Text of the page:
Imatinib Mesylate (Glivec or Gleevec)

Imatinib Mesylate (Glivec or Gleevec)

This patient-friendly article is about chemotherapy drug, Imatinib Mesylate (Glivec or Gleevec) which is taken in tablet form and used with chronic myeloid leukaemia (CML). It inhibits the over-expression of certain proteins associated with cancers (like tyrosine kinase). An article in Nature (July 23, 2006) warns that this increasingly popular drug may damage the heart, by damaging heart muscle cells. The study was developed following reports that ten leukaemia patients given Gleevec subsequently developed severe congestive heart failure. Gleevec was originally developed under the name Glivec to treat brain tumours but failed to show effectiveness. It has subsequently been licensed for other cancers such as CML and gastro-intestinal cancers and undergone a name change.  It is effective in people with the Philadelphia chromosome, and can also be used with GIST (Gastro-intestinal stromal tumours). 

Side effects can include: nausea, diarrhoea, loss of appetite, headaches, leg cramping, fluid retention, eye problems, skin rashes, lowered resistance to infection, tiredness, and anaemia.  Generally side effects with this drug are mild.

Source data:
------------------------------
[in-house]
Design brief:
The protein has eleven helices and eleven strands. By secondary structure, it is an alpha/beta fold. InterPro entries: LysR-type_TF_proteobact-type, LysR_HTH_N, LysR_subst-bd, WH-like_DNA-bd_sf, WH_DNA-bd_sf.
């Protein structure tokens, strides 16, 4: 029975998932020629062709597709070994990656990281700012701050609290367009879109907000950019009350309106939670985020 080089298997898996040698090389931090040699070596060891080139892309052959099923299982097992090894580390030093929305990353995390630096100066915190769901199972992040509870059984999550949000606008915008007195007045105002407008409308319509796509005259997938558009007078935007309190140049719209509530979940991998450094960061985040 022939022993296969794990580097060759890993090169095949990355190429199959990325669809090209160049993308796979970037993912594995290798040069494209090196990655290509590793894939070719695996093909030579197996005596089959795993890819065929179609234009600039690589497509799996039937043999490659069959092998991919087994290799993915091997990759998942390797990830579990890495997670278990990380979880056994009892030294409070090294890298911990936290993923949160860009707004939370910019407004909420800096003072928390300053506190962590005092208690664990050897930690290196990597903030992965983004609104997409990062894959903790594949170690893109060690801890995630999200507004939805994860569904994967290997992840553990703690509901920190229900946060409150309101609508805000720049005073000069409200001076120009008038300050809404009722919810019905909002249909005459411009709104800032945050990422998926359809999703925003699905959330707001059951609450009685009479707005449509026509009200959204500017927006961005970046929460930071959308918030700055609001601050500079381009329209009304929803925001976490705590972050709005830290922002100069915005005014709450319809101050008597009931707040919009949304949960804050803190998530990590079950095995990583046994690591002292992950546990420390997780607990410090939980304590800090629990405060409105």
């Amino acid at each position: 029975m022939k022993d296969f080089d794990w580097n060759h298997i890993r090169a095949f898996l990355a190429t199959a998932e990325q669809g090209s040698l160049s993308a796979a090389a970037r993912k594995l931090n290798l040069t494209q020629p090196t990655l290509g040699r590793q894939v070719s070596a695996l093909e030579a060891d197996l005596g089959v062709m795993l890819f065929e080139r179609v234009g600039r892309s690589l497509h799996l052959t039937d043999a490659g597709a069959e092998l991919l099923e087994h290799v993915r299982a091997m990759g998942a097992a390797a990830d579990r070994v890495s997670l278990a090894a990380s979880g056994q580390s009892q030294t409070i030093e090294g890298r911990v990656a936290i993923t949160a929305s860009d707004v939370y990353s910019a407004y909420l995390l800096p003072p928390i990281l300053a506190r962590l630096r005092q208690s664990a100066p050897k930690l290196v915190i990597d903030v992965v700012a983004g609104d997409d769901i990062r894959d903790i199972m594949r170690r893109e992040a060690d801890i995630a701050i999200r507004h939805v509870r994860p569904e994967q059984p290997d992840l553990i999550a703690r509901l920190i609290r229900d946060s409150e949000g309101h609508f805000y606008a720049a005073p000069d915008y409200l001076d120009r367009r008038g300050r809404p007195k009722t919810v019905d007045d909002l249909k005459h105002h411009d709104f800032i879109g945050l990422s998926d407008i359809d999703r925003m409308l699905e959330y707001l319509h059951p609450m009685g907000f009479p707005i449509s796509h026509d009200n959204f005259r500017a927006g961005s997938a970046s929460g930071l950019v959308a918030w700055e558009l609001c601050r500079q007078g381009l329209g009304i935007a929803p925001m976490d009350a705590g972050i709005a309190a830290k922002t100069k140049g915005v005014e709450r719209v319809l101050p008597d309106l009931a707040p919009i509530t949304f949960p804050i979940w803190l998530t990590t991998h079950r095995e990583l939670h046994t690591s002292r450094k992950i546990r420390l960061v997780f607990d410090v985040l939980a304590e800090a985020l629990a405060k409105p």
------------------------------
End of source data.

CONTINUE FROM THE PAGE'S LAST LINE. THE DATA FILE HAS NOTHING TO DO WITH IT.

String Leukaemia drug outperforms Gleevec

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Patients using the second-line drug dasatanib (also known as Sprycel) as the first line of defense against chronic myeloid leukemia (CML) experience more positive results compared to patients who use the current approved initial therapy. A multinational Phase III study proved that dasatanib produced faster, better responses in 11% more of CML patients than the current first-line drug imatinib also known as Gleevec. (New England Journal of Medicine, June 17)

CML is caused by the abnormal Philadelphia chromosome, which produces the aberrant protein Bcr-Abl. This protein creates an overproduction of a type of white blood cell that feeds the cancer.

Dasatinib inhibits the action of the Bcr-Abl protein. It is currently given to patients who either cannot tolerate imatinib or whose CML resists imatinib.

The drug imatinib, is currently the first line of therapy for CML patients. It has increased the five-year survival rate for the disease from 50% to 90%.

However, after one year, only 30% to 40% of patients using imatinib achieve a state of complete cytogenetic response (CCyR), or the absence of the Philadelphia chromosome that causes the disease.

According to MD Anderson, patients who achieve CCyR within a year of treatment have a more favorable long-term survival rate.

The Phase III study involved 519 newly diagnosed CML patients who had received no prior treatment for the disease. Participants were randomly split into two groups: 259 patients received 100 milligrams of dasatinib once daily and 260 patients received 400 milligrams of imatinib once daily.

After a minimum one-year follow-up, rates of confirmed CCyR were:

77% for those taking dasatinib 

66% for those taking imatinib

Go to: 10 ways to improve your chemotherapy success and reduce side-effects

Other articles that you may find interesting are:

  1. A diet for Chemotherapy
  2. Immunotherapy overview
  3. A to Z Guide to Complementary Therapies

Go to: Return to the CANCERactive drug list


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